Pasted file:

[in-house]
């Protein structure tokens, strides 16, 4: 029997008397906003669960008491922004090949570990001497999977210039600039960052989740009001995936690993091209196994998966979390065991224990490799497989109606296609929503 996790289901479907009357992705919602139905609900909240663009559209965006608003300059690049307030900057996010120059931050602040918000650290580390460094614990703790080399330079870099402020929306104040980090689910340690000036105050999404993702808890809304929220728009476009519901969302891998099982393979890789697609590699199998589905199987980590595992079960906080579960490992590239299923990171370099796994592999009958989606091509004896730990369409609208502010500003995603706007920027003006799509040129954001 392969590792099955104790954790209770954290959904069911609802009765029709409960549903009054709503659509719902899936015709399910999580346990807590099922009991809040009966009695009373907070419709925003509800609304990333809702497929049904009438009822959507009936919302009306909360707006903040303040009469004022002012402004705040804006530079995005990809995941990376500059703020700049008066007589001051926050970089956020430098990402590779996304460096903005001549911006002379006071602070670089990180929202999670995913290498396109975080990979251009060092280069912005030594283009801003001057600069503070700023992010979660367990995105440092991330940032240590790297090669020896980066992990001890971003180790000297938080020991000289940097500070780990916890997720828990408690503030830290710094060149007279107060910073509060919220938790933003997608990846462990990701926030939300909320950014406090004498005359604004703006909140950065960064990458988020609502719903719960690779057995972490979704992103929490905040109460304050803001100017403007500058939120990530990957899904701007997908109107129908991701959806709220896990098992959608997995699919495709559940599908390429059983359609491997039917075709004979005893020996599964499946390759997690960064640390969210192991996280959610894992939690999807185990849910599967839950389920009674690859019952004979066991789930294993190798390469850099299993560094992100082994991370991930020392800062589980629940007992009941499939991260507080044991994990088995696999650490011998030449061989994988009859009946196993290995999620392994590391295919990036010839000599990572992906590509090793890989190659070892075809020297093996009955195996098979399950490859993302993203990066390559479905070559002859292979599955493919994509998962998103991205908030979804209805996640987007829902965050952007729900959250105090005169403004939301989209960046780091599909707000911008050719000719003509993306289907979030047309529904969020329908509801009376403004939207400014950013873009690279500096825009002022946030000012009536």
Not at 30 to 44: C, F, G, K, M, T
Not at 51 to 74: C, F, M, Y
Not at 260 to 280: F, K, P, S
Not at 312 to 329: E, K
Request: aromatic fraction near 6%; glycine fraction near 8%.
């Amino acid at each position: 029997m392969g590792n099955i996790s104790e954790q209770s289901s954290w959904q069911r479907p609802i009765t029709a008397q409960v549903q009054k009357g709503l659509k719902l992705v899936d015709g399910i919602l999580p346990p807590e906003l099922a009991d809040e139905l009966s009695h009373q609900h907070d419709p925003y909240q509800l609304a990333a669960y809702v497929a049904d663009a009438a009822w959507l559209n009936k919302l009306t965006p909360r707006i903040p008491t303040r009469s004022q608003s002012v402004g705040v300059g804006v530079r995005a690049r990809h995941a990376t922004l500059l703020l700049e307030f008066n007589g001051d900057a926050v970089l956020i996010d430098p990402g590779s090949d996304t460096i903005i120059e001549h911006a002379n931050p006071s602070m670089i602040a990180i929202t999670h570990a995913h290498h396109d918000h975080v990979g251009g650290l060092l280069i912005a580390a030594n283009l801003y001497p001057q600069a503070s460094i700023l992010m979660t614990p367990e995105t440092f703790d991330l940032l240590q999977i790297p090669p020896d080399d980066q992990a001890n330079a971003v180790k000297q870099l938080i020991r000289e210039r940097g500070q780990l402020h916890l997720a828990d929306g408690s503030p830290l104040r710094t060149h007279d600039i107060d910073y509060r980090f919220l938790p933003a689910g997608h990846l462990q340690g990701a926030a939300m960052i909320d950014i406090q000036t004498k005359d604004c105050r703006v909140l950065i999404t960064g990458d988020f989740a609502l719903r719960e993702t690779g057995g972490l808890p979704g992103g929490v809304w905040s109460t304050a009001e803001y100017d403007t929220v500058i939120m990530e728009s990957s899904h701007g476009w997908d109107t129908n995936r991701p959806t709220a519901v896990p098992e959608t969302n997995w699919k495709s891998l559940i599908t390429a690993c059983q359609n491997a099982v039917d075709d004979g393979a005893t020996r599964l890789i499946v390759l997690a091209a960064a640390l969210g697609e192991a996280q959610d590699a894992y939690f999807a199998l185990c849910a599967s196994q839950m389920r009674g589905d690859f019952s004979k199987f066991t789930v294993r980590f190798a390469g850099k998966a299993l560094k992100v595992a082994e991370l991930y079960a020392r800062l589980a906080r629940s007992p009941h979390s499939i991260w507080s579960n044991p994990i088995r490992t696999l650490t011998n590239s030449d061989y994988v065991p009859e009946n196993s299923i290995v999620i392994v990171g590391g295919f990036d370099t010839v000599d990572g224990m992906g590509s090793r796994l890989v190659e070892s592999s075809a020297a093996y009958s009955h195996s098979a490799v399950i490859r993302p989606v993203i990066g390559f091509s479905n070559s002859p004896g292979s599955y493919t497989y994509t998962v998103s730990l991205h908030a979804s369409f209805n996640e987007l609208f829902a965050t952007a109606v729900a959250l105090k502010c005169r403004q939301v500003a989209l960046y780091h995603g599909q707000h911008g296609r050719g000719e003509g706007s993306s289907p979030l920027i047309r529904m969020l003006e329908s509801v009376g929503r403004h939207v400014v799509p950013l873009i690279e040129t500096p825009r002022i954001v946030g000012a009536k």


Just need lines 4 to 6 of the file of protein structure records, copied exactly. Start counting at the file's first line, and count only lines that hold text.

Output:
Not at 51 to 74: C, F, M, Y
Not at 260 to 280: F, K, P, S
Not at 312 to 329: E, K